This volleyball maneuver, also known as the swan dive or volleyball dolphin dive, is utilized to keep the ball alive in challenging circumstances.
Sometimes it is impossible to play the ball up or over in defense when it is traveling low to the ground using the 5 Skills of Volleyball. To swiftly get your hand or forearm beneath the ball to continue the rally, you can use the volleyball dive method. When playing a ball that is already close to the floor, our forefathers in volleyball knew that you will probably fall to the floor as well.
The volleyball dive can be viewed in this light as a move to manage your descent to the ground while playing the ball.
Although you can always throw yourself at the ball in an attempt to avoid getting wounded, all it takes is one uncomfortable fall to destroy the fun for several weeks (possibly months).
Learning how to dive in volleyball correctly could one day spare you a lot of discomfort and lost defensive possibilities.
What’s The Difference Between A Volleyball Dive And A Roll?
Which section of your body makes contact with the floor when you dive or roll in volleyball is the major distinction between the two.
Your chest will bear a significant portion of the weight of your fall during the swan dive; as you advance through the ball and slide across the floor, it is your arms and chest that stop the fall.
On the other hand, when you roll like a volleyball, your thigh and hip will contact the ground first. You should be able to quickly roll your body over to stand up after playing the ball and go on to the subsequent play.
In general, there are two basic circumstances in which you would need to dive or roll:
- The Volleball Dive is the action of running or stretching far in front of you while chasing a ball.
- The volleyball roll is used when the ball is just out of reach and to your side.
Once more, the main difference between the two methods is how you land. In actuality, using common sense will serve you well.
How To Dive In Volleyball?
When hitting the court, it’s crucial to have a solid understanding of diving. You will become a strong defender and learn how to prevent injury if you learn the appropriate diving technique.
Step 1: Go one or two steps. When diving, it’s typical for people to make the error of standing still and diving instead.
Step 2: Take a deep lunge to the side and bend your knees with your torso. You can avoid hitting the court with one knee by adopting this position.
Step 3: Get your hands out in front of you after you’re in a deep side lunge stance and sinking lower so you’re ready to receive the pass and get under the ball.
Step 4: After completing the pass, place your hands on the ground to prepare for impact. As you dive and make contact with the earth, use the palms of your hands to absorb the impact.
Step 5: Your torso will now follow your hands as they touch the ground. Use your hands to propel yourself forward in a diving motion once your torso has delicately touched the court, simulating a penguin sliding on snow.
How To Overcome Fear Of Diving
In reality, the best method to dive without fear is to divide the diving procedure down into manageable phases like in the tutorial above. You will gain confidence and come to the realization that falling to the floor is actually not that terrifying as you accomplish each step.
I won’t minimize this aspect, though: apprehension of diving may be a strong emotion that can actually paralyze some players. Because of this, give the aforementioned tutorial as much time as you need and continue using the mats until you are entirely comfortable diving without them.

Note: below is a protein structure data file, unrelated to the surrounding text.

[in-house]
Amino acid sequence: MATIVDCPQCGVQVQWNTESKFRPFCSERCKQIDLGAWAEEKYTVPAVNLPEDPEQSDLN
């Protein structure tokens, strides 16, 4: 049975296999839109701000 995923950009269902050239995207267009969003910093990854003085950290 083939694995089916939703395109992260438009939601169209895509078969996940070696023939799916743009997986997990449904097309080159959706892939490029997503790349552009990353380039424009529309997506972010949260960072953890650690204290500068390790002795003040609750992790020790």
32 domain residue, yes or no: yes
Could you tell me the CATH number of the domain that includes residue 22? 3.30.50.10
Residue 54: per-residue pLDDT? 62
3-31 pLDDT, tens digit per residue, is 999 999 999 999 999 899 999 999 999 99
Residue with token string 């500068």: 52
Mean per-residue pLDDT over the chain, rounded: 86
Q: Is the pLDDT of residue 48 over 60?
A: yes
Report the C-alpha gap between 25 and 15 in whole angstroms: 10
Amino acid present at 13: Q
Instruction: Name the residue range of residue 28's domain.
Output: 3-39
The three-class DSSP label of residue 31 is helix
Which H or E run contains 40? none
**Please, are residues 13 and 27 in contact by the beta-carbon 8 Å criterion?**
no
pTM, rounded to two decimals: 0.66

You are not required to become a certified diver overnight.
Since there are many other skills to learn and practice time is valuable, coaches generally won’t want to spend too much time on this during practice. Therefore, work on your own!
That is the purpose of this tutorial, and if you can set aside some time each day to concentrate on one step at a time, you should feel much more at ease diving within a week.
How to Practice Diving By Yourself
To effectively do this, I would advise starting on both knees and letting yourself fall forward naturally before extending your arms and dropping your chest to the ground. Even when doing this, lift your head off the ground to avoid hitting your chin.
You can increase the movement’s momentum and difficulty once you are comfortable lowering yourself.
I’d advise beginning on one knee and lifting yourself up and forward a little bit with your standing leg.
As a result, you can practice collecting your weight and begin practicing your worm routine a little bit without falling from a height that is too great. You should get up to a standing position once you have overcome this step. You want to take a stride forward from your standing position and make sure you are very low to the ground before you jump. The less chance of injury you have the lower you are to the ground before you jump. Simply carry out the aforementioned actions once more to perfect the entire motion.
Now that you have everything you need for the swan dive, it’s time to put on a show and go for the gold. To guarantee you have excellent momentum and to make the movement more game realistic, I would advise taking a few steps into the movement.
Although diving in volleyball is frequently considered to be an advanced ability, I firmly believe that anyone can perform it if you break it down into manageable steps. If your fear of scuba diving is what’s stopping you, consider this:
You can either spend the rest of your volleyball career terrified to dive and avoiding defensive exercises, or you can learn how to dive in one week and use it for the rest of your career!